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What is the Goal of a Project Budget?
One of the key elements of any project proposal is the project budget. It is a pivotal tool that will be used by several different groups involved in the project. The project manager will use this budget to determine whether the project is on track; project personnel will use it as a guideline to fulfill certain project milestones; and the client will use it to determine the success of the effort.
But the task of creating a budget for a new project may be a bit daunting- especially if the project manager has had little or no experience coordinating projects. Some expenses, such as salaries, utilities, rent, or equipment costs, may seem pretty straight forward. But there are many contingencies and unknowns that may affect how and when the project is carried out and ultimately completed.
The most important point to keep in mind is that although a project budget should be based on concrete numbers and accurate assessments of the resources needed to complete the task, the bottom line is that a budget is meant to be an estimate.
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What Should You Include in Your Project Budget?
A detailed, line-item budget should be divided into categories such as salaries, fringe benefits, travel, supplies, and equipment. Make sure to also include any overhead costs (called "indirect costs") that will be associated with the project.
Here is a brief description of some of the major expenses you will need to include:
- Employee compensation: This section includes the salaries and wages of all full, part-time, and temporary employees involved in the project. You should also include any other benefits and incentives that may not be reflected in their take home pay.
- Contract Services: Here you should include outsourced services or workers, such as consultants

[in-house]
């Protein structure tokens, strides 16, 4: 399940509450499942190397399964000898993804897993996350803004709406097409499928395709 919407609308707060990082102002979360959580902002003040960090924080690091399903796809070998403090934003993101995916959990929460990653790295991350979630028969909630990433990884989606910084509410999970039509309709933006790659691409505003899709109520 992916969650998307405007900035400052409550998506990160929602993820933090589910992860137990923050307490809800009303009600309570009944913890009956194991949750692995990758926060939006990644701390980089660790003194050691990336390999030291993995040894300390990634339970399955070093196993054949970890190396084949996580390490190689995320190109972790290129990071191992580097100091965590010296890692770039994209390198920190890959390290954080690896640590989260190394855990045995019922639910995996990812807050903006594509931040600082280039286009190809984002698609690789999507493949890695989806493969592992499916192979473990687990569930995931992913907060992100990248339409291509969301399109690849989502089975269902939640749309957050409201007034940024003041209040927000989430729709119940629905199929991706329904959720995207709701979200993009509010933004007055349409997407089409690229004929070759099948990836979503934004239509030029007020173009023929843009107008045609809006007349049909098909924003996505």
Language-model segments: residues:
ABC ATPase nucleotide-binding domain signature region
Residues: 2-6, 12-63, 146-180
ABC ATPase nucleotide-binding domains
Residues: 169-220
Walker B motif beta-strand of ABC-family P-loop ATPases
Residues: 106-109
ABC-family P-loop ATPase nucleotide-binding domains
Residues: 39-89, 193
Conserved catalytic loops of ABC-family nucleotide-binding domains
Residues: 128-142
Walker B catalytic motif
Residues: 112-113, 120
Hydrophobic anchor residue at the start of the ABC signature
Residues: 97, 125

- Equipment/Supplies: This section covers expenses for office supplies, postage, copier supplies, telephone, fax, computer supplies, equipment repair and maintenance, laboratory consumables, etc.
- Travel/Related Expenses: Make sure that you include any air travel, out of town expenses, conference travel expenses as well as daily parking and mileage expenses.
- Overhead or Indirect costs: Your budge should also include overhead expenses (indirect costs), which allow the project to bear a portion of the administrative costs of the day-to-day operation.
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An Example of Project Management Budget
The following is an example of the typical expenses included in a project budget. To assist you in your budgeting efforts, this sample budget can also be downloaded as a template in Excel for a year-long project. Feel free to use it and modify it where needed.
- Bonus & Commissions
- Employee Incentive
- Employee Benefits
- Temporary Labor
Total Salary & Benefits
- Seminars & Training
- Consulting Fees
- Legal Fees
- Other Professional Fees
- Contracted Services
- Marketing Materials
- Travel & Entertainment
- Office Expense
- Computer Lease
- Repairs & Maintenance
- Office Supplies
- Dues & Subscriptions
- Office Rent
- General Insurance
- Taxes & Licenses
- Software Licenses
Total Other Expenses
Total Budgeted Expenses